“The two of you are freakishly codependent for people who aren’t dating anymore,” Derek grumbles, then feels bad about it. Stiles hasn’t dated since, and that was going on four years ago.
But: “Wow, way to rub salt in the wound,” Stiles says without heat. He doesn’t let Derek change the subject. “Anyway, did you seriously get yourself cursed by a wood nymph and decide not to tell your pack emissary? What the hell, Derek? It’s my job to help you with this shit.”
And he does too—he and Derek have spent an obscene amount of time together ever since Deaton declared Stiles’s training complete and retired to Boca. “It’s not a curse,” Derek says patiently.
“Uh, excuse me, I’m the one with the magic mojo, so I’ll be the judge of that. Besides, it’s making you kiss people against your will. Right? You don’t need that.”
Buzz, buzz, buzz, says the ornament. How did Stiles convince Derek to put that thing up again this year?
“It was meant as a gift, not a curse. I kissed Melissa on the cheek. It’s fine, Stiles. It hasn’t revealed the supernatural world to anyone or made me do anything, and I’m not going to insult a wood nymph by refusing the gift. The thing with Lydia was all her.”
“What!” Stiles yelps. Then he harrumphs like the old man he secretly is. “She should know better.”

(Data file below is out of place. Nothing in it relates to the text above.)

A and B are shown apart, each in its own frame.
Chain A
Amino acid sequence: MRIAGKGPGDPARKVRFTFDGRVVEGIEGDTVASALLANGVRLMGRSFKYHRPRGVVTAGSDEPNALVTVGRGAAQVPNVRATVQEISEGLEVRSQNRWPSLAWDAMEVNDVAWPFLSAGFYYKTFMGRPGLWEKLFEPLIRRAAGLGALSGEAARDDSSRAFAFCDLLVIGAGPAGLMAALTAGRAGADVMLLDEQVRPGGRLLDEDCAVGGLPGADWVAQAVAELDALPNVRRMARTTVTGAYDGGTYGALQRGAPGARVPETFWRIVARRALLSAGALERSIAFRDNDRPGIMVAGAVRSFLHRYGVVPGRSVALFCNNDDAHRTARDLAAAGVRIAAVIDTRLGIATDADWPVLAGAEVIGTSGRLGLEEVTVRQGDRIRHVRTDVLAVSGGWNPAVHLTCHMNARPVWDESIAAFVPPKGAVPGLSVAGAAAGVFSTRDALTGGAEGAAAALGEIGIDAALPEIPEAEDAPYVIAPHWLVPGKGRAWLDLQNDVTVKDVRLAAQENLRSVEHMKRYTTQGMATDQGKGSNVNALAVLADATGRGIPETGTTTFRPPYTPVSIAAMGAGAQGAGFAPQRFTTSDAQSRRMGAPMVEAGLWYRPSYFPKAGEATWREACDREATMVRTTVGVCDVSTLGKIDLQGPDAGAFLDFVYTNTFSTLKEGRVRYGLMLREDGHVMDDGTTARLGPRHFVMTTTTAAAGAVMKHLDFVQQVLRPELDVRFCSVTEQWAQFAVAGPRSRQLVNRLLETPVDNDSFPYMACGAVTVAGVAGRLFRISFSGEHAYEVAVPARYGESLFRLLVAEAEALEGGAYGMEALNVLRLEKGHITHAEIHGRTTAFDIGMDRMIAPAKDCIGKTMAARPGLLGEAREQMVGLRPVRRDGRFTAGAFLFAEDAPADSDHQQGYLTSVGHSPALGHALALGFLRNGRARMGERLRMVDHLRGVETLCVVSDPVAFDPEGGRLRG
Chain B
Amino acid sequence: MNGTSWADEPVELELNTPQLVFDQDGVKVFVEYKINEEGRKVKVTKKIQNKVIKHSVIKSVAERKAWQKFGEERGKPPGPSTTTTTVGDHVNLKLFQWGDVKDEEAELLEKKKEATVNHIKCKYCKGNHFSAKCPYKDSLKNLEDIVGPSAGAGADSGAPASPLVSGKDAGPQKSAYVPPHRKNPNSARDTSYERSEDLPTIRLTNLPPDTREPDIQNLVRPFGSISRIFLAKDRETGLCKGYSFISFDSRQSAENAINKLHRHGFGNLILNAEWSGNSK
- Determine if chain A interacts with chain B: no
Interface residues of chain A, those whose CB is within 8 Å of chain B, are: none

“You can beat her up for me later,” Derek says with a roll of his eyes. “But seriously, a nymph’s power is strongest at the solstice. The effects of the mistletoe will probably wear off by the day after Christmas anyway.” And until then… well, it’s not that it’s nice, exactly, having to kiss people to make the terrible noise stop. But Derek doesn’t hate that it gives him an excuse to get close to people either. Readjusting to a mostly nonviolent life hasn’t been easy.
“Fine,” Stiles says eventually, “but I’m taking a picture if you have to kiss Scott and blackmailing you both forever.”
That seems more than fair.
As luck would have it, the next time Derek gets caught with his mistletoe out, he’s in his boss’s office. With his boss.
John blinks, but otherwise he looks completely nonplussed. “Stiles told me this might happen.”
Wish I’d thought of it, Derek thinks bitterly. He might’ve let Stiles talk him into lifting the spell. This is awkward. “We probably would’ve been safe if we’d left the door open.” He winces at the noise.
“That does make it a bit difficult to talk about those troll attacks, though,” John points out with a half smile. Derek can just hear him over the increasingly loud shrieking of the mistletoe. He hunches forward at the desk with a wince, instinctively trying to escape the sound.
John stands up, leans over, and kisses the top of Derek’s head. The noise cuts off just as John’s ruffling Derek’s hair like Derek’s a kid being told to go play.
“Melissa said that would probably work,” he says nonchalantly as he sits down again, but he doesn’t quite meet Derek’s eyes, and his cheeks are a little pink. Derek’s heart beats a little too fast. “Now, what do you think sounds best for the official report? Rockslide?”
Under the circumstances, Derek thinks it’s perfectly normal that he’s nervous to see Stiles. But he promised they’d go last-minute shopping, even though Derek’s had his Christmas shopping done since November, because Stiles gets too distracted on his own to get anything accomplished.
Derek makes sure they meet at the mall, just in case. He finds Stiles at a crappy table in the crowded food court and takes the seat opposite.